Parties putting in place general election infrastructure

John McCain's campaign had not spent much time thinking about its general election message and organization given that it stumbled upon the nomination somewhat unexpectedly, just as John Kerry had 4 years ago. The difference, of course, is that Kerry had to hurriedly put together a strategy and a team while being bombarded by a Republican Party who had long since rallied around George Bush. McCain does not have that problem, of course, though he does suffer from a financial deficit that could hurt him in the months ahead (and force the RNC to empty its coffers).

The McCain campaign is putting the final touches to its general election infrastructure, devised and organized by top adviser Rick Davis: it is a decentralized campaign that will be run by 11 regional campaign managers dispatched around the country. There will for example be a RCM for the mid-Atlantic region, one for the Southwest, one for New Hampshire and New England. There will be very coordination of the regional campaigns: RCMs will decide most everything that will happen in their region and they will only have to report to Rick Davis. In other words, the McCain campaign will consist in 11 separate campaigns.

This is a very atypical model; campaigns are typically centralized, with a national campaign manager and staffers organizing a national effort. Many Republicans are complaining that Davis's plan is too ambitious for such a short amount of time and that it only betrays Davis's desire to be regarded as a master strategist. And it is true that this decentralized model could lead to some problems: How can the campaign drill a message if the RCMs are not coordinating between each others, even if Davis relays some instructions? It is this power of repetition and coordinated that made Republicans so efficient in 2000 and 2004. The McCain campaign runs the risk of lacking coherence at a time where they are already struggling to define a message, mostly because they have no opponent to practice it against.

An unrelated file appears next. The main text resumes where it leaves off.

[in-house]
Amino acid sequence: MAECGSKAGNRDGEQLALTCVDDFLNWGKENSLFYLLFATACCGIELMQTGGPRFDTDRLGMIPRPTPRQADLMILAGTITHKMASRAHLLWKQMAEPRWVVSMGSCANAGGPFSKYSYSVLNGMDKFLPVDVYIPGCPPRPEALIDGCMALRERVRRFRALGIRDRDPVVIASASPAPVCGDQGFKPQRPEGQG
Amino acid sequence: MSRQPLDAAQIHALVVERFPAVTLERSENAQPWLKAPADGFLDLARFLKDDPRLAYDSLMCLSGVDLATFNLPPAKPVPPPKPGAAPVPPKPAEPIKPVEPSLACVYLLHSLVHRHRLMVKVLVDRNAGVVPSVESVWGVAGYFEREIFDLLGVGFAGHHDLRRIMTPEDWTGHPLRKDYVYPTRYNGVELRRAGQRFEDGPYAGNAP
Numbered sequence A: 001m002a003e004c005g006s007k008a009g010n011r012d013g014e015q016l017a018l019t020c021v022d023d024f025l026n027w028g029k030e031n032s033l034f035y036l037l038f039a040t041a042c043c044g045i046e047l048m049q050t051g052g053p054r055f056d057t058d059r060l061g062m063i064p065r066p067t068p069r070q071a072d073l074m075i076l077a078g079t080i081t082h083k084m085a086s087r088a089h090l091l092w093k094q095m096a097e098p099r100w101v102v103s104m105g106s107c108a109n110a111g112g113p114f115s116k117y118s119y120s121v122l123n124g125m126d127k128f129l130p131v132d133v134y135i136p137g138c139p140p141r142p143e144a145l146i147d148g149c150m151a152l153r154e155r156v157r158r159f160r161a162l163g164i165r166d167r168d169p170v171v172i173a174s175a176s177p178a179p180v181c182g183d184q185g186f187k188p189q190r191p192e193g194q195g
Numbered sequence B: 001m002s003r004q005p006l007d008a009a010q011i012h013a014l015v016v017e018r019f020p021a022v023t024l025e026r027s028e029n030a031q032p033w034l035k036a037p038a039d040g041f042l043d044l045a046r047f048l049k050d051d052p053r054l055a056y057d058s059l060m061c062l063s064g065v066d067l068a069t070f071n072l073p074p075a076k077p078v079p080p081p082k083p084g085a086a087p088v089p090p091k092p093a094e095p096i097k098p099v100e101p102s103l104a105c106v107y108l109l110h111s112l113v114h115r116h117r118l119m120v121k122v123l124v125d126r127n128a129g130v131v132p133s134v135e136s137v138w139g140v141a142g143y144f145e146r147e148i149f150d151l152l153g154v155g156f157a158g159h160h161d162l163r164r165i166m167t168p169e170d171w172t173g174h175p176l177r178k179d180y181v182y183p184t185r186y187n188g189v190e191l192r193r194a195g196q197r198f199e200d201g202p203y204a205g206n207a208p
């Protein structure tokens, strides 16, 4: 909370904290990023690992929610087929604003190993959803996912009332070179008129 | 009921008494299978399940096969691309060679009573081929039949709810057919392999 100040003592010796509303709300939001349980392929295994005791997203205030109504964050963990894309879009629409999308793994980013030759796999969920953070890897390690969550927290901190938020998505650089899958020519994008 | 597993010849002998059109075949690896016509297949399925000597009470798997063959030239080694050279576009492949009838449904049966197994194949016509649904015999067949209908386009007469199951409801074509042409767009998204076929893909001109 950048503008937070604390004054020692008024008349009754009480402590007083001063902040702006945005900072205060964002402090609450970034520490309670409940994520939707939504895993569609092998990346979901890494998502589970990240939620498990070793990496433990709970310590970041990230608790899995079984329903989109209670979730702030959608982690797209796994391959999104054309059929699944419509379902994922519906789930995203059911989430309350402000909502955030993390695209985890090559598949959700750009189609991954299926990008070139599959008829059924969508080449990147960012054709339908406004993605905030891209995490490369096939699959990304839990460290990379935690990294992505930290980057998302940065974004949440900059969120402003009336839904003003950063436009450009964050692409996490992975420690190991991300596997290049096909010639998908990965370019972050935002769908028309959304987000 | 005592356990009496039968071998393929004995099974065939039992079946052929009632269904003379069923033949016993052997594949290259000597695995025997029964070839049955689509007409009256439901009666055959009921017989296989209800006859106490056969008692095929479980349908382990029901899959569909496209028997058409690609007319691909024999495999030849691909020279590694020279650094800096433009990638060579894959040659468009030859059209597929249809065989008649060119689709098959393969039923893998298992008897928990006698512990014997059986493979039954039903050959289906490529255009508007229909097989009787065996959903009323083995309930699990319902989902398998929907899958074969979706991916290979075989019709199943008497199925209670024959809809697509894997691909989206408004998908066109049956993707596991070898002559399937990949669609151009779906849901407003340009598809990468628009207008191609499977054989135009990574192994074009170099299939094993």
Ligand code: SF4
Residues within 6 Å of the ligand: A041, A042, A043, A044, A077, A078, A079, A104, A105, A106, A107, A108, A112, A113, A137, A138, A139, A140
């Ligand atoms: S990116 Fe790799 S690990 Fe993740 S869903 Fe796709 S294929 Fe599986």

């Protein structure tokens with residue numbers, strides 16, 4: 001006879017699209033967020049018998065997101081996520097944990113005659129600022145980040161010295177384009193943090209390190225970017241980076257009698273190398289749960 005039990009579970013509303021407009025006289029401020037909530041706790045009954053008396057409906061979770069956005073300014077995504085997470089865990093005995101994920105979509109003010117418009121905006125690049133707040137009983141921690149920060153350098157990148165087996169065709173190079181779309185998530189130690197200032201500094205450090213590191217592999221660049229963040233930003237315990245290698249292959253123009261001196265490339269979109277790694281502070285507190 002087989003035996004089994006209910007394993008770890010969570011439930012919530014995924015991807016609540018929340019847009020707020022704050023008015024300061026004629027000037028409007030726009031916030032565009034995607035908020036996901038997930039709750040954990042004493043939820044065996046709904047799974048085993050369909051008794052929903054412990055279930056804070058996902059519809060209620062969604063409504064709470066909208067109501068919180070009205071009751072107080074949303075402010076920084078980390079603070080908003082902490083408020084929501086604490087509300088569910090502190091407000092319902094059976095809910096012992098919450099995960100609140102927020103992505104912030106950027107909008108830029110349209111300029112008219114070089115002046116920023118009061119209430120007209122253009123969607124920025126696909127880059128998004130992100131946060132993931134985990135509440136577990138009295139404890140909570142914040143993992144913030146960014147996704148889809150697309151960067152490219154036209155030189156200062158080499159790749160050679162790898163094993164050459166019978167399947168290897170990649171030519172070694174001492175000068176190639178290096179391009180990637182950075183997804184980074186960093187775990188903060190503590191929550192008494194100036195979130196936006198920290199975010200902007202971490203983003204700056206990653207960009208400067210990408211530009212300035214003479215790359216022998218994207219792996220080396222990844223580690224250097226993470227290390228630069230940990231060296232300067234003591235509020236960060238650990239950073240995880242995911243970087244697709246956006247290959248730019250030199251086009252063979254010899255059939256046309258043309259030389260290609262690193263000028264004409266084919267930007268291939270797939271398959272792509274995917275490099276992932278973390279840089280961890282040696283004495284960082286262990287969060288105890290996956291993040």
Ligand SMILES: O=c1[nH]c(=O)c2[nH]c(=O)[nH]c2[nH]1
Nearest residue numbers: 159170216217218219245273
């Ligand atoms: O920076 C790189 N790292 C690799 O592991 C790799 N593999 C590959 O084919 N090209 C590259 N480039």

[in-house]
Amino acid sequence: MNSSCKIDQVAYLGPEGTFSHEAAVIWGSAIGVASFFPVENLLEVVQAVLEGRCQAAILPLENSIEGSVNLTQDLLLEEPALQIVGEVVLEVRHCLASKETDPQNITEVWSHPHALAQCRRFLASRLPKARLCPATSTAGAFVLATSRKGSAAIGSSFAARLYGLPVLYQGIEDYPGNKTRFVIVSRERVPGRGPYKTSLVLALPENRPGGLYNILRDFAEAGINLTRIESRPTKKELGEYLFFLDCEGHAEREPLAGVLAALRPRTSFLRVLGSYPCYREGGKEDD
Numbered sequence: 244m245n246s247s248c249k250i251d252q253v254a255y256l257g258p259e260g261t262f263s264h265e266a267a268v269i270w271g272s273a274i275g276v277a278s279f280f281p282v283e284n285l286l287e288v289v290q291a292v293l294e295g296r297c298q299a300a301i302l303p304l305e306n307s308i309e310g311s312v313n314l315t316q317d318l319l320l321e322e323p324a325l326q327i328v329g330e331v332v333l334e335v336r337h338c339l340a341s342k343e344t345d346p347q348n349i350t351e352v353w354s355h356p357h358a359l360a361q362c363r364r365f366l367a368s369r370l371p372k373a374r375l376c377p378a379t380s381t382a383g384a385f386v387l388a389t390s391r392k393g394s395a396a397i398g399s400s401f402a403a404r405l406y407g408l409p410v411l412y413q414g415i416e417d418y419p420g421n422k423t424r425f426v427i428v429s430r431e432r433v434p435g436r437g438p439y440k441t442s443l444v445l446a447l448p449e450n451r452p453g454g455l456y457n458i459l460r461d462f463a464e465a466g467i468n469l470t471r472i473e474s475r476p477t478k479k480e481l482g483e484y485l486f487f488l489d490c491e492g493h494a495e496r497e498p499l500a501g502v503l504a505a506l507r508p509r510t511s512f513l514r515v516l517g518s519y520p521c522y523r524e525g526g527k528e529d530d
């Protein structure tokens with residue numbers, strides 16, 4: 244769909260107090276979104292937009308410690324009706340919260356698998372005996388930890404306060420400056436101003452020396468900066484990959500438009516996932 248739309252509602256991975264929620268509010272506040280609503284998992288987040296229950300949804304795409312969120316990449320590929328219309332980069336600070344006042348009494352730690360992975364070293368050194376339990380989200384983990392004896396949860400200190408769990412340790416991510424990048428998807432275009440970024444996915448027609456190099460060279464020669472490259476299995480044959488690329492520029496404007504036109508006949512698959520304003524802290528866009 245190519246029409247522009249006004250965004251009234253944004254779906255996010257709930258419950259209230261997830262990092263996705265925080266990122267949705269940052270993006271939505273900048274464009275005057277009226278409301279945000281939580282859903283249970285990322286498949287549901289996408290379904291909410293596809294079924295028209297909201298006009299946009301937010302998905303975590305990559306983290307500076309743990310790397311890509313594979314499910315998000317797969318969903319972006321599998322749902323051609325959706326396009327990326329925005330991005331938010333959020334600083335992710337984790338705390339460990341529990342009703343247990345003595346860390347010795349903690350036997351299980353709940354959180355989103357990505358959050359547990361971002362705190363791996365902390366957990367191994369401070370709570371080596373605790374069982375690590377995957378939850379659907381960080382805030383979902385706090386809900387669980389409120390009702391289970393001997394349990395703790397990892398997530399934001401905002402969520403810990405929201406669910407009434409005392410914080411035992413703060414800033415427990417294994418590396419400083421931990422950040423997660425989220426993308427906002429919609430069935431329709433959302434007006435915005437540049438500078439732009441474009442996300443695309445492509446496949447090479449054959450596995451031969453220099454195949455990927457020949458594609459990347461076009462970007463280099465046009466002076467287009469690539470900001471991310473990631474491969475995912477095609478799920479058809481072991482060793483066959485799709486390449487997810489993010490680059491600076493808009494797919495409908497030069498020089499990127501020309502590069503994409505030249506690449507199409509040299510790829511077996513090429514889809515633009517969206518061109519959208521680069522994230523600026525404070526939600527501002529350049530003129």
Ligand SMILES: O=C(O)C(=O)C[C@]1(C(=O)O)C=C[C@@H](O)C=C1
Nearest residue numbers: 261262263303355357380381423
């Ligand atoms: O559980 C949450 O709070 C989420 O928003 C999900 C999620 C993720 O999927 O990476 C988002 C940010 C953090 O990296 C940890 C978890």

On the other hand, it will be interesting to see how well this campaign model works, for it could also allow for more innovative tactics. We will have to closely watch how much the different RCMs differ from one another. And it could also allow the campaign to notice more rapidly if they have an opportunity to attack a state that looked lost, or if they need to defend a state they thought was safe. A New York Times article published today suggests that the McCain campaign is committed to expanding the map, and it believes firmly that California could be in play. The article also identifies four states that the McCain campaign is paying special attention to: Colorado, Minnesota, New Mexico and Wisconsin.

Colorado and New Mexico are two states the Obama campaign is committed to winning; the former in particular is an interesting choice, as it has not been kind to Democratic presidential candidates. But Obama believes that he is the type of Democrat who can take the state, and the McCain campaign is clearly worried enough about it to set up increased operations. As for Wisconsin and Minnesota, this just confirms that they will be at the forefront of the Republican offensive: McCain believes that his maverick reputation can attract independents from these states, both of whom barely went Democratic in 2000 and 2004.